Lloyd Morrisett Dead at 93
Lloyd Morrisett, one-half of the creative team behind the iconic educational children’s television series, Sesame Street has passed away. Morrisett leaves behind a significantly influential legacy that will outlive him and continue to benefit even future generations. He was 93 years old.
Morrisett’s death was announced by the official Twitter handle of Sesame Workshop, the non-profit organization he co-founded as Children’s Television Workshop (CTW) in 1968. “Sesame Workshop mourns the passing of our esteemed and beloved co-founder Lloyd N. Morrisett, PhD, who died at the age of 93,” the tweet read. Further adding: “A Lifetime Honorary Trustee, Lloyd leaves an outsized and indelible legacy among generations of children the world over, with Sesame Street only the most visible tribute to a lifetime of good work and lasting impact.”
After a brief stint in academia which Morrisett found uninteresting for being overly serious, he winded up at the Carnegie Corporation, a philanthropic organization with education as its focal point, which later became the vehicle that helped finance his causes at Children’s Television Workshop. A year after establishing the company, Morrisett who had now risen the ranks to become the VP at Carnegie Corporation was seeking ways to facilitate accessibility to early education for children in need when he came up with the idea for Sesame Street. The idea was born after he noticed how his toddler was deeply engrossed in watching TV, prompting him to wonder if the TV set could serve as a medium for child learning. He shared the idea over dinner with his friend Joan Ganz Cooney and the rest is history.
Sesame Street premiered on PBS in 1969 as a first-of-its-kind kid’s learning program and received positive reception. The show utilized live-action and puppetry to educate kids, incorporating humor and cultural references. A true pioneer of kids learning, Sesame Street evolved through the years while gaining a growing influence that spilled into pop culture. The show deserves many commendations for remaining relevant despite the emergence of many other similar learning programs. Sesame Street began airing on HBO in 2016 before moving to the streaming platform HBO Max.
Morrisett was born on November 2, 1929, to a father who was a professor at UCLA. Raised to believe that a career in academia was the best job in the world, Morrisett took an early interest in education. He graduated from Oberlin College with a B.A in Philosophy before going on to do graduate work in psychology at UCLA and later earning a Ph.D. in experimental psychology from Yale University. Morrisett would later become a trustee at Oberlin serving as the board chairman from 1975 to 1981. He also served as president of The John and Mary R. Markle Foundation from 1969 to 1998 and was equally the VP of the Carnegie Foundation for the Advancement of Teaching.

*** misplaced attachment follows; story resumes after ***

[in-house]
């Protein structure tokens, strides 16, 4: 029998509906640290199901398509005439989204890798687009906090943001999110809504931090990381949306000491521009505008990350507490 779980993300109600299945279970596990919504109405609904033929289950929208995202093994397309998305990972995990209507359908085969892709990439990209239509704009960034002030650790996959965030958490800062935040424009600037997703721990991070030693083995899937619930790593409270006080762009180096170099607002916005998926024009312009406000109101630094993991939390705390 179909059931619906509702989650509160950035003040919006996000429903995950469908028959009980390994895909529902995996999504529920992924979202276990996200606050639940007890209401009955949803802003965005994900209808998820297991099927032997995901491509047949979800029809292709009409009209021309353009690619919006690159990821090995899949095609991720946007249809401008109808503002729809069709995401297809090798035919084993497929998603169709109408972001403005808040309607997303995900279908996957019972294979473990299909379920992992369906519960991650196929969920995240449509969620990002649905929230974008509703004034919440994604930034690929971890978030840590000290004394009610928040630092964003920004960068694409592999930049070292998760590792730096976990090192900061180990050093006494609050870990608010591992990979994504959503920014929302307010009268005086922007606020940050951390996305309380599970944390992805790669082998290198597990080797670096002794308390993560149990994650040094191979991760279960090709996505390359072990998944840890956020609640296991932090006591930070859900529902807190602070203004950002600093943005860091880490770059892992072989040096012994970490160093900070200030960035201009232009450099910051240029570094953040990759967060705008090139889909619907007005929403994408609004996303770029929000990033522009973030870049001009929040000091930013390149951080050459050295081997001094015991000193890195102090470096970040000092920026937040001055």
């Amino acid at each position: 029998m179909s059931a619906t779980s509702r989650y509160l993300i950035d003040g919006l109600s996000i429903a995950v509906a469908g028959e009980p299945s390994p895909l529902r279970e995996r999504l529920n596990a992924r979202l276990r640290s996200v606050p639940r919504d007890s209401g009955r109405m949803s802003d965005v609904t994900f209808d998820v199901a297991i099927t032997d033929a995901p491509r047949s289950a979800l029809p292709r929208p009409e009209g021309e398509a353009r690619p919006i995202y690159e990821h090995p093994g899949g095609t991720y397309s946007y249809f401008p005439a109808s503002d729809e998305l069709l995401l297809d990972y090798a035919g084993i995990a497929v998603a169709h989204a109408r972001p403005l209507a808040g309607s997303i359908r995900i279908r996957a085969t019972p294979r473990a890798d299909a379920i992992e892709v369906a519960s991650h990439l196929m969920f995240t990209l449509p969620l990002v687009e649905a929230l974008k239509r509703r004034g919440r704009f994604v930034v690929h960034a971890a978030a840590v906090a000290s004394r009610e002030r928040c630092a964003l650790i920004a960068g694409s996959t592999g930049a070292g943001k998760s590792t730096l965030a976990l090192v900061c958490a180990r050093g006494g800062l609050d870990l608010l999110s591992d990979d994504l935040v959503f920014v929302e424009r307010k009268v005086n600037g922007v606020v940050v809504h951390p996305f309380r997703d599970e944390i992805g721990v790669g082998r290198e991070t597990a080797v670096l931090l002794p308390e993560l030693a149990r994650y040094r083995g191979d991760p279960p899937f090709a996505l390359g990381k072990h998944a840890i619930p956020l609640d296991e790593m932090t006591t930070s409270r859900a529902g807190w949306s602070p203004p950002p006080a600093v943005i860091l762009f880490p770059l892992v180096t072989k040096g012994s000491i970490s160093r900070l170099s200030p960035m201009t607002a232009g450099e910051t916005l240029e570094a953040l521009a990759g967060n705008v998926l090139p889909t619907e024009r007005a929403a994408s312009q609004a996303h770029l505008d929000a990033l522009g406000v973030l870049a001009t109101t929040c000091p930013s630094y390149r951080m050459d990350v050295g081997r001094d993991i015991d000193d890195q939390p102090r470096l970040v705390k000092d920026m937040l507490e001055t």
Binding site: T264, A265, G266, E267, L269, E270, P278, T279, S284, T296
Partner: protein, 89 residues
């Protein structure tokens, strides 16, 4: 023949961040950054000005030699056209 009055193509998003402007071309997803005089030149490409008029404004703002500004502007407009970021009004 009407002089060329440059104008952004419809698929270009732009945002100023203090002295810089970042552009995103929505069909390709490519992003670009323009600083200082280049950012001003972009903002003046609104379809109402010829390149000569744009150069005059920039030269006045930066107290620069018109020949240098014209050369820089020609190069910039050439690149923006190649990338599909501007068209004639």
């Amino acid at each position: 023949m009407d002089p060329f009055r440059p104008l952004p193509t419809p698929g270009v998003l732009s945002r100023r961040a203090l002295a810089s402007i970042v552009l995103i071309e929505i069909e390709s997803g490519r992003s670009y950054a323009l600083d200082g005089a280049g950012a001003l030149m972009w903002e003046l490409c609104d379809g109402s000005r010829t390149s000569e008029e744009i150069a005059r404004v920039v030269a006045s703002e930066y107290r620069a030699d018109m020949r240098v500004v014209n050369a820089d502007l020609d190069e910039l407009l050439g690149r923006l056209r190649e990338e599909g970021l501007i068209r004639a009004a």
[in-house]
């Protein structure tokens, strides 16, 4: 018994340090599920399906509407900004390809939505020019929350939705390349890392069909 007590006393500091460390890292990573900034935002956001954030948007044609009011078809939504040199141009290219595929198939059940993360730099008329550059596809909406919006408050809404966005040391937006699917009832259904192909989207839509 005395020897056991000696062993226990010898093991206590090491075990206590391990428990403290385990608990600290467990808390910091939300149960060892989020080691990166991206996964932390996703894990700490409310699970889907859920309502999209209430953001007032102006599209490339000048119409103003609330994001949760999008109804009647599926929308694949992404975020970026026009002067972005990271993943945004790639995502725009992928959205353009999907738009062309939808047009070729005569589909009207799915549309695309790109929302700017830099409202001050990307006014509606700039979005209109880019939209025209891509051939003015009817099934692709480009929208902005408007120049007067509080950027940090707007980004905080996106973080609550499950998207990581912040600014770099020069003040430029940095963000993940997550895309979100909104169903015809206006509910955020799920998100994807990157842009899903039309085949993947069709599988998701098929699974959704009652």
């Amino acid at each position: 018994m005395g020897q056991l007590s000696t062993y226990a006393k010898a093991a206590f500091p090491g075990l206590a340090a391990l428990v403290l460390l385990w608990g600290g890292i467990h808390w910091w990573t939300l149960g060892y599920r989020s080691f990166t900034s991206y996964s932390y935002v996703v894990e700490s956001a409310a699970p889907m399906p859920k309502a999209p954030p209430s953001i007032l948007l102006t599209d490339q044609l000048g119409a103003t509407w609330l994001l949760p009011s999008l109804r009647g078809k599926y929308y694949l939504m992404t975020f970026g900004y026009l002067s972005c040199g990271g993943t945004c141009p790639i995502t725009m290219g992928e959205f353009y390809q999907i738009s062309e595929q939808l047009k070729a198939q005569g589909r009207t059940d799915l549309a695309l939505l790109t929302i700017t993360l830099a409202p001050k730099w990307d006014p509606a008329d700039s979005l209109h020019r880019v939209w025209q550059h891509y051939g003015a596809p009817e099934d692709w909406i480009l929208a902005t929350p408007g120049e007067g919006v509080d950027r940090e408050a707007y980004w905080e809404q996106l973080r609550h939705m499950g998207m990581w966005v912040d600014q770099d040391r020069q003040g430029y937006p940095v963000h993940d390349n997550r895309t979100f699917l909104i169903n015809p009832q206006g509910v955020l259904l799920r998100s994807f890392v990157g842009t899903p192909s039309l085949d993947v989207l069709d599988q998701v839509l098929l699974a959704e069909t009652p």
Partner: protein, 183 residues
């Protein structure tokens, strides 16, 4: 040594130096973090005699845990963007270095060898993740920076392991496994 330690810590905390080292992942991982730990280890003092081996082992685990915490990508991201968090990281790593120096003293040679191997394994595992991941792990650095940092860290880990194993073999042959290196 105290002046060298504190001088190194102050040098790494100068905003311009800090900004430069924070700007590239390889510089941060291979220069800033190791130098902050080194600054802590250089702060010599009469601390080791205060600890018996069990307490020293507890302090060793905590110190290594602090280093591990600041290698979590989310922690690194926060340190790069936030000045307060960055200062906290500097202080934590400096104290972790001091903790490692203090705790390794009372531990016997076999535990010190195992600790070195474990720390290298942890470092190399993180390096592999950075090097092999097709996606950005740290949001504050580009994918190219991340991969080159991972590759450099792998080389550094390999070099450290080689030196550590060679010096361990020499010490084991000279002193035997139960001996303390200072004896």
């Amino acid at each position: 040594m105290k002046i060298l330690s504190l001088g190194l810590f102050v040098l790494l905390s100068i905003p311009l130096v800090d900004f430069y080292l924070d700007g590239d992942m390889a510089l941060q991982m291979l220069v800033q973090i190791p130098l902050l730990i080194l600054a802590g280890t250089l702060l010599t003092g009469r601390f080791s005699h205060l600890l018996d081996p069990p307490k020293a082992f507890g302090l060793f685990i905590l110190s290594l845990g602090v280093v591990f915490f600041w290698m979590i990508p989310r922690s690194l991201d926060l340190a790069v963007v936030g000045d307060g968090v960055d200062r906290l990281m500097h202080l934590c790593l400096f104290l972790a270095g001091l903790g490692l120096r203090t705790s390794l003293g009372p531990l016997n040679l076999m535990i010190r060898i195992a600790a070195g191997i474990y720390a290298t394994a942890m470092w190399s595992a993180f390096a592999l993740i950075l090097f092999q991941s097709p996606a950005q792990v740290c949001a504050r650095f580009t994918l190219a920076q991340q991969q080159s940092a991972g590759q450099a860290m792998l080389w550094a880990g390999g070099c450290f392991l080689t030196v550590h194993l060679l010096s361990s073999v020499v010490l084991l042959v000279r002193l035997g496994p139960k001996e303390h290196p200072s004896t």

“Without Lloyd Morrisett, there would be no ‘Sesame Street,’ Cooney said in his brief eulogy to his friend. “It was he who first came up with the notion of using television to teach preschoolers basic skills, such as letters and numbers. He was a trusted partner and loyal friend to me for over fifty years, and he will be sorely missed.”
Our condolences are with Morrisett’s family at this difficult time.
‘Sesame Street’ co-creator Lloyd Morrisett dead at 93
‘Sesame Street’ first aired in 1969 as a way to educate children through television
“Sesame Street” co-creator Lloyd N. Morrisett has died at the age of 93, the “Sesame Workshop” announced on Tuesday.
“Sesame Workshop mourns the passing of our esteemed and beloved co-founder Lloyd N. Morrisett, PhD, who died at the age of 93,” the organization said in a statement to Fox News Digital.
It continued, “A Lifetime Honorary Trustee, Lloyd leaves an outsized and indelible legacy among generations of children the world over, with ‘Sesame Street’ only the most visible tribute to a lifetime of good work and lasting impact.”
Morrisett co-founded the Children’s Television Workshop with Joan Ganz Cooney in 1968, and “Sesame Street” first aired in 1969.
The show “started with a single bold question: could television be used to educate kids?” the workshop says of its history on its website.
Calling Morrisett a “wise, thoughtful, and above all kind leader of the Workshop for decades,” the workshop quoted Cooney as saying. “Without Lloyd Morrisett, there would be no ‘Sesame Street.’ It was he who first came up with the notion of using television to teach preschoolers basic skills, such as letters and numbers. He was a trusted partner and loyal friend to me for over fifty years, and he will be sorely missed.”
Morrisett was chairman of Sesame Worship until 2000 and remained on the board until his death, according to Variety.